Mindful of the persistent student perception that their grades simply depend on who reads their work, I tried an experiment. I took one of my pieces and, acting as if a student wrote it, asked a colleague what she thought of it (sharing student work is not an uncommon practice—we frequently share pieces for help with difficult grading calls). My experiment failed inside of a minute—she turned to me and said with firm conviction, “YOU wrote this.” I admitted the ploy, and asked how she knew so quickly. “I was halfway through the first sentence,” she replied, “when I thought ‘I KNOW this voice!’”
I should have known. A former girlfriend, Jean, once read me a passage she wanted to share. “Nice!” I noted. “Do you know who it is?” she asked (Jean was fanatically competitive and given to provocation). “No,” I answered, “but it sounds like Joyce.” “It is Joyce,” she confessed.
In college, I used to look for my fellow music major and best friend Gordon, a trombonist, simply by walking around the practice rooms—I knew his sound from the other trombonists. One day in the snack bar, scarfing down my cheeseburger and fries over lively conversation, I suddenly stopped, exclaiming, “That’s Phil Woods!” recognizing the alto saxophone work I admired on Billy Joel’s “Just the Way You Are” playing on the radio, a song new to me that day. Much more recently, a writing colleague and friend called me to excitedly say “Turn on the radio!” I did. He was listening to a classical piece and wanted to purchase the recording. “Do you know what it is?” he asked. “No,” I responded, “but it’s Beethoven.” Then the violin took over. “Oh!” I explained, “It must be the Beethoven Violin Concerto,” a judgment the announcer later confirmed.
In a few seconds, I can tell the difference between Baroque and Classical, Stravinsky and Ravel, even which orchestra and conductor are performing—and so can any other musician. [I’m reminded of a cartoon depicting a smug looking music listener and his agitated wife, saying, “Why can’t you just say ‘Scarlatti,’ instead of ‘Scarlatti, of course!’”] We also talk about “an ear for language,” and why not? I’m in the midst of reviewing a new text for my Intro to Poetry class, and the emphasis there on slight variations in sound, meter, rhythm and their permutations will be enough to send the average undergraduate into utter despair over ever passing the course. [I’ll work on fixing that problem.]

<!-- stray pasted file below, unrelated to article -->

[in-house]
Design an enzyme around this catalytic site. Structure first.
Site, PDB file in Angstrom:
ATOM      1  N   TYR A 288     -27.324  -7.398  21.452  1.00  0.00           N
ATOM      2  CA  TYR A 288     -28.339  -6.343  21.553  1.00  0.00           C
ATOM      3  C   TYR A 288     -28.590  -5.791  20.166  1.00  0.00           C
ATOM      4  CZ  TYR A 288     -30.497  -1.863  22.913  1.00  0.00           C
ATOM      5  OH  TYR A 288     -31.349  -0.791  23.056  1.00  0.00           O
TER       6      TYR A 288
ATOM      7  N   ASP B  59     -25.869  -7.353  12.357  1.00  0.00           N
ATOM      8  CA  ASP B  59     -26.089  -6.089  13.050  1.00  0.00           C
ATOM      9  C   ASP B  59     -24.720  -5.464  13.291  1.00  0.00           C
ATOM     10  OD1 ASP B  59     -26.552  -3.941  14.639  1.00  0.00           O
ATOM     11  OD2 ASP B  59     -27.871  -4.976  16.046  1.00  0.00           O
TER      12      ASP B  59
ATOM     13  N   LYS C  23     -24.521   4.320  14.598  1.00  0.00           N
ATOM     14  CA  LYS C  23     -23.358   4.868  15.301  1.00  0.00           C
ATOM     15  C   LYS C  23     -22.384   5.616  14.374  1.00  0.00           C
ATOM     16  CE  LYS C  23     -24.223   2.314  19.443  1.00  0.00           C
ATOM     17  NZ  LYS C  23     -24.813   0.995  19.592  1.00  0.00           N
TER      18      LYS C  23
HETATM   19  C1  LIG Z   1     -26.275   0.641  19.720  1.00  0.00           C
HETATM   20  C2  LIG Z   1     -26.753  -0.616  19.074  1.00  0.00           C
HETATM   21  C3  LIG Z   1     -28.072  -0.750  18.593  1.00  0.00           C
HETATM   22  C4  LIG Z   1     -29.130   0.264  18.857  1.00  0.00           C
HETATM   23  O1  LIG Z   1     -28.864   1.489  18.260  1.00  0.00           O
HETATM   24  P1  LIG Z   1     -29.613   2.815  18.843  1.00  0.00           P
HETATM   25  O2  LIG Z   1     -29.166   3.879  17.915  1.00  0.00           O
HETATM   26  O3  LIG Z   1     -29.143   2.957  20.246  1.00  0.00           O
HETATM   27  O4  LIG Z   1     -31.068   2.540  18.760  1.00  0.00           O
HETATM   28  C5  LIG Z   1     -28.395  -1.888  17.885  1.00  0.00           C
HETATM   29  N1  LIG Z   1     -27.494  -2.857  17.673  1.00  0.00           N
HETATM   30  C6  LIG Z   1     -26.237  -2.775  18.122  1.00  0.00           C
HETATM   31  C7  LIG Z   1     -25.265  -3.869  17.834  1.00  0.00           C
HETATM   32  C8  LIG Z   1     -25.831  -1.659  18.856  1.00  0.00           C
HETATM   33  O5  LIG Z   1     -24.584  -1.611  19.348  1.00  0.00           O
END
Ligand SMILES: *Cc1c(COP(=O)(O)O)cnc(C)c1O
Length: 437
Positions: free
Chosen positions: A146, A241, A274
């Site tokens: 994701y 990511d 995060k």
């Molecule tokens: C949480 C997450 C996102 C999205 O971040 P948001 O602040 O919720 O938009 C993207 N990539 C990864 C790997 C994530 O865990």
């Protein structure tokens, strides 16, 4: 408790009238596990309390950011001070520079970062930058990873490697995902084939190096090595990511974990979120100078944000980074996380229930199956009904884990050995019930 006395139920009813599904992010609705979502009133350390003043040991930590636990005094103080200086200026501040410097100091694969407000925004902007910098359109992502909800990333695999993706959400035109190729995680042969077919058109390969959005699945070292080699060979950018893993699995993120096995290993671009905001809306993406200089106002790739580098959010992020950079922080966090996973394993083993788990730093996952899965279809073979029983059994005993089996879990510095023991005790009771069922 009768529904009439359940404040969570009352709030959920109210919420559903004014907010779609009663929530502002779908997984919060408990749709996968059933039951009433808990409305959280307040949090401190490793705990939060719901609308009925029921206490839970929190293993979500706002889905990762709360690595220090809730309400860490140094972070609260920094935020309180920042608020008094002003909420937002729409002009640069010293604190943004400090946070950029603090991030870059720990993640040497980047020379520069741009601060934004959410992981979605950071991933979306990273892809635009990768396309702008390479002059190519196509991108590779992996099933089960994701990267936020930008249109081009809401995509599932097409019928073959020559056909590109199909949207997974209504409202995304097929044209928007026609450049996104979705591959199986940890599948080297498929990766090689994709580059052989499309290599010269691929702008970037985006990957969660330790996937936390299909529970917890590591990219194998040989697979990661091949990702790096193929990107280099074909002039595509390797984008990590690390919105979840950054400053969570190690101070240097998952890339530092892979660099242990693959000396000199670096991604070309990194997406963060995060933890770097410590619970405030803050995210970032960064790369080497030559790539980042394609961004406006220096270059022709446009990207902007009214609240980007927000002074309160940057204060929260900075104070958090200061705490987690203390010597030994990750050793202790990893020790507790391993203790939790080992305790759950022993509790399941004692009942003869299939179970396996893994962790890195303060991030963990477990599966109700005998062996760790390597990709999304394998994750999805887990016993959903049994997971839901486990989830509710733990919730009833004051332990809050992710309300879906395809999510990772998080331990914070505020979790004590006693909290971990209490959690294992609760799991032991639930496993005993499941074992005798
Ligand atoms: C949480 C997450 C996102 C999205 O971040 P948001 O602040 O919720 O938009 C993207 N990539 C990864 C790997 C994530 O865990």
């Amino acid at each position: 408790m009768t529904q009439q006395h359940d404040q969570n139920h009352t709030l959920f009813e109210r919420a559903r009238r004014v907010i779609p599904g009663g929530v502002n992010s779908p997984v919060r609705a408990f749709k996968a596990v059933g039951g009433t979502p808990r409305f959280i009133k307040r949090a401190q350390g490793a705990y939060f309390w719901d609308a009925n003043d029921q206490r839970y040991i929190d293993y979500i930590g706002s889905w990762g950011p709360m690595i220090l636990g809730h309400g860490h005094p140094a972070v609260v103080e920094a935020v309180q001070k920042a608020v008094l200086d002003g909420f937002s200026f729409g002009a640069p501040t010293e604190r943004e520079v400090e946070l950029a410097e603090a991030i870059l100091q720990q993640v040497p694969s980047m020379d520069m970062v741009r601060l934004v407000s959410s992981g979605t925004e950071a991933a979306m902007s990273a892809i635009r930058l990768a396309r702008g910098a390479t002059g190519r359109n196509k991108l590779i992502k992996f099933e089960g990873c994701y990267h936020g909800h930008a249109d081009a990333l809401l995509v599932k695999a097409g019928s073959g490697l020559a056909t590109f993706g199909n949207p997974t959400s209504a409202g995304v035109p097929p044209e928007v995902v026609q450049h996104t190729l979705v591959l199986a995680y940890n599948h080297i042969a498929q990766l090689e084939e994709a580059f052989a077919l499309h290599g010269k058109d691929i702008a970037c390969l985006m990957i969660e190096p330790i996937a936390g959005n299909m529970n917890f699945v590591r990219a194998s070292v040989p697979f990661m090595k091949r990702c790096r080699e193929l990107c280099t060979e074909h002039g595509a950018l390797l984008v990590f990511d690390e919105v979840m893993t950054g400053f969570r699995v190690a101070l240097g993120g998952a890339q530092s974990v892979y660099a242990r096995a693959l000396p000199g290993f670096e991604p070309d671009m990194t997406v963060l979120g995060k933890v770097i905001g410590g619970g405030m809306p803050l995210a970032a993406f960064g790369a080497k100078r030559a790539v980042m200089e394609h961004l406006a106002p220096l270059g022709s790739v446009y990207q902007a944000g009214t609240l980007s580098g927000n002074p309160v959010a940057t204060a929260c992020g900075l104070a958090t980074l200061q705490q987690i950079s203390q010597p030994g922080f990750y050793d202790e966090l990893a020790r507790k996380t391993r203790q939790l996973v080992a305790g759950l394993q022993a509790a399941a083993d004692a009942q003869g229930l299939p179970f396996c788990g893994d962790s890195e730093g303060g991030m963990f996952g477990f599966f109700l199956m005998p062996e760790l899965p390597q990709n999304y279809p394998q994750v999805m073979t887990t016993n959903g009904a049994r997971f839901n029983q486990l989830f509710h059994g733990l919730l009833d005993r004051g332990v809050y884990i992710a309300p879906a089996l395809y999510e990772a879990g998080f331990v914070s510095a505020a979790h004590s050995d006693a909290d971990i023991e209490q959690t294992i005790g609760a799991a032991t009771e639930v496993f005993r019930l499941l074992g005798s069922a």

My fellow writing professors understand this about language, but they also notice a difference between us. Looking over my shoulder while I composed a piece on my laptop during a contentious faculty meeting, one colleague noted admiringly, “You’re just so fluent at this stuff.” Another colleague on a previous occasion remarked, “I can see the poetry in your writing.” A bit confused (since I’m primarily an essayist), I shared that with Tim, another colleague and friend, who nodded and said, “You don’t write poems, but you do write poetry.” My department chair, after visiting my class (on my request), had a single comment afterward: “You should be editing MY writing.”
None of this is to my credit—it’s just who I am. My colleagues are excellent writers, but different writers. And I can see the difference they mention too—my friend and colleague Joe and I see writing much the same way, but we also couldn’t be more different. Joe always wanted to be an English professor, and his frame of reference is continually focused on that perspective. Joe is also a musician, but he sees the world in terms of his English background. I NEVER intended to teach writing (not that I’m sorry), pursuing instead a career in music—which led to music business, which led to writing for those businesses, which led to free lancing, which led to offers to teach, which led to teaching at better colleges—and while Joe and I see writing in similar ways, my approach to the world is that of a musician, and it colors my writing.